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Cardinal Dulles’ 37th McGinley Lecture on Evolution, Faith


Humans are “programmed to seek eternal life in union with God, the personal source and goal of everything that is true and good,” said Avery Cardinal Dulles, S.J., Ph.D., Laurence J. McGinley Professor of Religion and Society, at the 37th McGinley Lecture, on Tuesday, April 17, at Fordham Preparatory School, on the Rose Hill campus.

The lecture, “Evolution, Atheism and Religious Belief,” drew a large, enthusiastic audience, despite the stormy weather. Joseph M. McShane, S.J., president of Fordham University, began the evening with a moment of silent prayer for the souls of those killed in the Virginia Tech tragedy and their loved ones. In his introduction, Father McShane noted that Cardinal Dulles, already the author of 750 articles and 22 books, would have a collection of his McGinley Lectures published by Fordham University Press in fall 2007, and that the lecture was the cardinal’s first since he received the Bene Merenti Medal for 20 years of service to the University.

Avery Cardinal Dulles, S.J., Laurence J. McGinley Professor of Religion and Society (at right), with Vincent J. Duminuco, S.J., rector of Fordham’s Jesuit community and director of the International Jesuit Education Leadership Project and the O’Hare Program in Jesuit Education, Graduate School of Education. Photo by Ken Levinson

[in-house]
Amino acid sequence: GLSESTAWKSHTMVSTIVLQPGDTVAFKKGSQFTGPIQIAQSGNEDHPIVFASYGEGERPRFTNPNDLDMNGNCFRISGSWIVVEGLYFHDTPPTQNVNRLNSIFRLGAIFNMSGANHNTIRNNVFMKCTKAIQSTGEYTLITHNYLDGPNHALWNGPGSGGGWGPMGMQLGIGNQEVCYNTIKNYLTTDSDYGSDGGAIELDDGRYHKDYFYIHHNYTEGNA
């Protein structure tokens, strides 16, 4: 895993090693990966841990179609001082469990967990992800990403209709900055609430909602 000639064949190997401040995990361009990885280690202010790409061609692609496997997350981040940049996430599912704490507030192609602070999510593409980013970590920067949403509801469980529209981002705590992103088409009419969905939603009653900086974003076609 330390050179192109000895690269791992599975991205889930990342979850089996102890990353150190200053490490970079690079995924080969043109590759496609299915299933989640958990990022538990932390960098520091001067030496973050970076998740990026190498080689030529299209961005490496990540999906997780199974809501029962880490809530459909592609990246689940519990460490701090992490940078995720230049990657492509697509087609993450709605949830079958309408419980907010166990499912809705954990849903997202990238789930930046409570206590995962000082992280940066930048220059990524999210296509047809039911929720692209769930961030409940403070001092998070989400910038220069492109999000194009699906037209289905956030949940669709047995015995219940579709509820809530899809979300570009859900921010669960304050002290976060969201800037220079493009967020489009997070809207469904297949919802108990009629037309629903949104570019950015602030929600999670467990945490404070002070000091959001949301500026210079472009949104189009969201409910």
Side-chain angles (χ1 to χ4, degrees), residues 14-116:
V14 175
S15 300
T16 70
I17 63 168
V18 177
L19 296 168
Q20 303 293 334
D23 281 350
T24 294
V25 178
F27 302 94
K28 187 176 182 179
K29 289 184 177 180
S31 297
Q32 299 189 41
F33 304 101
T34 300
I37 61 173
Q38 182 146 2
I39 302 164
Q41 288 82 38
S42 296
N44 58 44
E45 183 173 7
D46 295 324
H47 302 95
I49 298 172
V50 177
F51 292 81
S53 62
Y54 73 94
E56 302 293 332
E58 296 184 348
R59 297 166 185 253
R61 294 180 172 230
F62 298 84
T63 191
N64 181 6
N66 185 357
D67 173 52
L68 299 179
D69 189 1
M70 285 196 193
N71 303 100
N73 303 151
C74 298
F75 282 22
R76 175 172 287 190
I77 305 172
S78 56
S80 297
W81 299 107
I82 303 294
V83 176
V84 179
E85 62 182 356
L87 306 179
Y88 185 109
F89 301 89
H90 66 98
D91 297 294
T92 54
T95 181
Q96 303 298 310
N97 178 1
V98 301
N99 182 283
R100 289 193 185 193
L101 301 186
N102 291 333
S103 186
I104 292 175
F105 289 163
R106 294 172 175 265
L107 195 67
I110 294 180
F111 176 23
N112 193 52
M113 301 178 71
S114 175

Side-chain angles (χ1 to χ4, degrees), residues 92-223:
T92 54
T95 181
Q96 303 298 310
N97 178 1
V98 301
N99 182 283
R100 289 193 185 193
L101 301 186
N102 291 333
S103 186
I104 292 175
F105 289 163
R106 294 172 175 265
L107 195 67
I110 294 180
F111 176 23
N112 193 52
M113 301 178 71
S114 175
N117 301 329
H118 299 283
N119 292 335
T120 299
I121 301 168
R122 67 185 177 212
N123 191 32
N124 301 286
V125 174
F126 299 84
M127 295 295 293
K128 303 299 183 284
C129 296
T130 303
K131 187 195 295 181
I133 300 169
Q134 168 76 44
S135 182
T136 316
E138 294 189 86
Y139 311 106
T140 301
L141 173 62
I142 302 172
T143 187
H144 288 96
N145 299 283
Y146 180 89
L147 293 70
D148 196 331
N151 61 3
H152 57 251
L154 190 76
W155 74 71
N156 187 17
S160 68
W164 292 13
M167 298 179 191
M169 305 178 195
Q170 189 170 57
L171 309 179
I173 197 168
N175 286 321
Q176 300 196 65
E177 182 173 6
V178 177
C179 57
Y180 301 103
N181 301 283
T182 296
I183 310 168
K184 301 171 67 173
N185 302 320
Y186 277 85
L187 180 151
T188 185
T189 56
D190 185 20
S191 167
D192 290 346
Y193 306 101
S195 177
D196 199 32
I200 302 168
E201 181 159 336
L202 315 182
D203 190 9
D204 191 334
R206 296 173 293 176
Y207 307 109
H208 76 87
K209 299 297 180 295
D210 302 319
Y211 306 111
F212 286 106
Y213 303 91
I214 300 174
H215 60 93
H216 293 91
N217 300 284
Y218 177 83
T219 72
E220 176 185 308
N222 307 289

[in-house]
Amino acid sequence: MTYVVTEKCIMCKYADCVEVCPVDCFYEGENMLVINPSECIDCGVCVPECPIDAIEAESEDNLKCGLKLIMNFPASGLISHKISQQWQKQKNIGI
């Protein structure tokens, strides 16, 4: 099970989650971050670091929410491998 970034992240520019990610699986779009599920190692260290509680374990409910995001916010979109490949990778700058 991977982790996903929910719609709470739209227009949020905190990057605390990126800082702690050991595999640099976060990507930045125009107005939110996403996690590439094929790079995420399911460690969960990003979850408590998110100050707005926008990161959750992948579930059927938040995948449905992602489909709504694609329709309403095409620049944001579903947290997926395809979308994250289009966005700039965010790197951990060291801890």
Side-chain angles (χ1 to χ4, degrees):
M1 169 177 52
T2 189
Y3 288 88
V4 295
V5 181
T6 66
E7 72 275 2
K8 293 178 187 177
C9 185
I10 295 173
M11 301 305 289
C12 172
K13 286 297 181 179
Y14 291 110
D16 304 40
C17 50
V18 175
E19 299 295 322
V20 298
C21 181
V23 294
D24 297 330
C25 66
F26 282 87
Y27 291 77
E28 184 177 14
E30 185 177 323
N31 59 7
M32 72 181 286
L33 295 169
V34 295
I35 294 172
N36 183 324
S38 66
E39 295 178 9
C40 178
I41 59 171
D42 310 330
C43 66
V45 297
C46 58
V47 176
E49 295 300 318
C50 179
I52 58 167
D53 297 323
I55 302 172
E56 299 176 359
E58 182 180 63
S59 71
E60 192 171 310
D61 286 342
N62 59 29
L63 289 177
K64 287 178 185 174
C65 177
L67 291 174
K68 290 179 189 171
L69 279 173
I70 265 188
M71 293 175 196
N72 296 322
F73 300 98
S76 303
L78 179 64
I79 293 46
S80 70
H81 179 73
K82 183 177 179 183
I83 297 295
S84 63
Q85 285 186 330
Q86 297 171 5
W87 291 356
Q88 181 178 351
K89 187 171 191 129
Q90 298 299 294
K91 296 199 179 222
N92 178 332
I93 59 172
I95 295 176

Accompanied on the stage by Vincent J. Duminuco, S.J., rector of Fordham’s Jesuit community, Cardinal Dulles said that the church has consistently maintained that the human soul is created by God, rather than a product of any biological cause. “This doctrine, to my mind, raises the question whether God is not necessarily involved in the fashioning of the human body, since … the human body comes to be when the soul is infused,” he said. “Even though it may be difficult for the scientist to detect the point at which the evolving body passes from the anthropoid to the human, it would be absurd for a brute animal, say a chimpanzee, to possess a body perfectly identical with the human.”

In discussing three ways in which Christians might view evolution, the cardinal said that science can “cast a brilliant light on the processes of nature,” and used correctly can improve life on Earth, but science “performs a disservice when it claims to be the only valid form of knowledge, displacing the esthetic, the interpersonal, the philosophical, and the religious.”


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